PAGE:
US vs. Romania: Should people be charged $20,000 to emigrate?

Romania, which is already struggling under a $10 billion debt to the West, faces a testing time in 1983 in both its economy and its relations with the United States.

At risk will be the favorable relationship this Balkan Communist state has had with Washington for many years - despite its Soviet-bloc commitment - and the most-favored-nation (MFN) tariff status for its exports to the US.

This status will almost certainly be withdrawn should the Bucharest regime hold to a plan to make emigrants reimburse the state for their education.

The regulation requires that applicants for emigration passports pay - in hard currency - the full cost of their education at a university or technical school before an exit permit is issued. This can mean a fee of $10,000 to $20, 000.

Undersecretary of State for Political Affairs Lawrence S. Eagleburger is going to Bucharest this month in an effort to bring home to President Ceausescu the seriousness of the US reaction to the proposed tax.

The loss of MFN status would be a major setback to the drive to boost hard-currency exports, which Ceausescu has set as a top economic priority in 1983.

Romania is one of only two East European states currently receiving US tariff concessions. (MFN was withdrawn from Poland last fall after the Solidarity union was outlawed under the martial law government's program for new labor unions.)

Under American law, the president must certify to Congress each year that a recipient country is satisfactorily observing human rights, including practice of a free emigration policy.

Renewal of MFN for Romania was a sensitive issue during the Carter presidency and in the two years since Mr. Reagan took office. Last May there was strong criticism in Congress at evidence of growing infringement of human rights in Romania, including repression of the large Baptist congregation and obstacles to emigration.

Congress reluctantly accepted Romanian assurances to do better and extended MFN status provisionally for a year.

The issue was brought into sharper focus by the Nov. 1 announcement of educational taxes on would-be emigrants. Only a few weeks earlier, Romanian Foreign Ministry officials had assured visiting US Assistant Secretary of State for Human Rights Elliott Abrams that rumors of such a tax were unfounded.

There seems some doubt in Washington as to the extent the tax has been applied so far and which Romanians are liable.

A flurry of passports for some 100 Romanian Jews in November, apparently permitting them to leave without paying the tax, suggested Jews might be exempt.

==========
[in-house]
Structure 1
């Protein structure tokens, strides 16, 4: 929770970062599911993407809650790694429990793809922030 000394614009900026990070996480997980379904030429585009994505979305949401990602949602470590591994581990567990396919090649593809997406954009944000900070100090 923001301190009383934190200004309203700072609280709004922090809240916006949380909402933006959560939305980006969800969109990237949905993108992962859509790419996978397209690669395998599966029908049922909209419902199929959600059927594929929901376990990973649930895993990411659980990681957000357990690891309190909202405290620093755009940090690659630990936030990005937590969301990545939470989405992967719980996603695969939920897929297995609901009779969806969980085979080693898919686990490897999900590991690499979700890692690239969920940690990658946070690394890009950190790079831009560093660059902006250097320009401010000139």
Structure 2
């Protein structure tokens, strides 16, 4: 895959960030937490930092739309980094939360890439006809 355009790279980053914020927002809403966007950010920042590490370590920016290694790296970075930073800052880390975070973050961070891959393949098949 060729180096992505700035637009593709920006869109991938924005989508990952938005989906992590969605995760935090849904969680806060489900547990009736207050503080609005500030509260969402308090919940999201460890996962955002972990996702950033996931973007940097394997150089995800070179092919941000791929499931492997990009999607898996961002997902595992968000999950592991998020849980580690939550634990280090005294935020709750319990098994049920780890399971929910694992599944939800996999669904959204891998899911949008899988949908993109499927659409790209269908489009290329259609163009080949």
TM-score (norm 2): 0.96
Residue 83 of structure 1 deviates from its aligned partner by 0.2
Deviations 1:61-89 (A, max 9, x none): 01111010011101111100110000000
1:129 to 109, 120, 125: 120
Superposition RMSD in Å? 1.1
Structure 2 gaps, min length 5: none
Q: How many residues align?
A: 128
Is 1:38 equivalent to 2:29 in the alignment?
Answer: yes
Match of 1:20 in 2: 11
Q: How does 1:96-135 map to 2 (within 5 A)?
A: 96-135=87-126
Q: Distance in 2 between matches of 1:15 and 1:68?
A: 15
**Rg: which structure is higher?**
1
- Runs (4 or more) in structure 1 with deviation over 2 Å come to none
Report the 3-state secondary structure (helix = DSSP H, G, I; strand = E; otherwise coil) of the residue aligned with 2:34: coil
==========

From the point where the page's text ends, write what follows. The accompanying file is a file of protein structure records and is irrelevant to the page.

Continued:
Ethnic Germans, who form Romania's second-largest minority, after the Hungarians, may be, too. Some 12,000 emigrate each year under longstanding agreements with West Germany. The Germans say the new decree may be a deliberate counter to Bonn's reluctance to guarantee new German export credits amid Romania's Polish-style foreign debt problems.

Other Romanians apparently aren't faring so well.

According to an Associated Press dispatch, at least two applicants found the education levy so high they had to abandon plans to leave: A graduate of a four-year foreign language program was asked to play $13,000; a polytechnic student found five years rated at $17,000.

Other observers share West German suspicions that the plan may have been intended largely to pressure the US and other Western countries into giving more financial help, since potential emigrants would not have hard currency but would have to beg it from relatives abroad.

''Or,'' a source commented, the tax might be designed ''to persuade the emigrants' receiving countries to 'compensate' Romania for their education and training.''

The outcome of Mr. Eagleburger's visit is likely to influence other Western governments' dealings with Bucharest.

For Romania the tax may prove coun-terproductive. The country has massive Western debts, and in some ways its domestic economy is worse than Poland's.

Already it is a lean winter for Romanians. Basic foods are severely rationed. Mr. Ceausescu is demanding that farmers produce more for hard-currency export, even though at present agriculture provides some 15 percent of total exports.

No relaxation of the brake on imports and consumerism is planned. Instead Ceausescu expects to cover half of the $10 billion debt in the next two years and the rest halfway through the next five-year plan - that is, the whole amount in a matter of five or six years.

He has set a new 1983 target of 10 million tons of corn, and a total grain output of 28 million tons by 1985. That's at least 8 million tons up on 1982.

There were signs during 1982 that the Soviet economic connection was figuring larger in Mr. Ceausescu's calculations and the country's oil problems. Romania's greeting to the Kremlin leaders on the Nov. 7 anniversary was notably more in the ''party line'' than hitherto.

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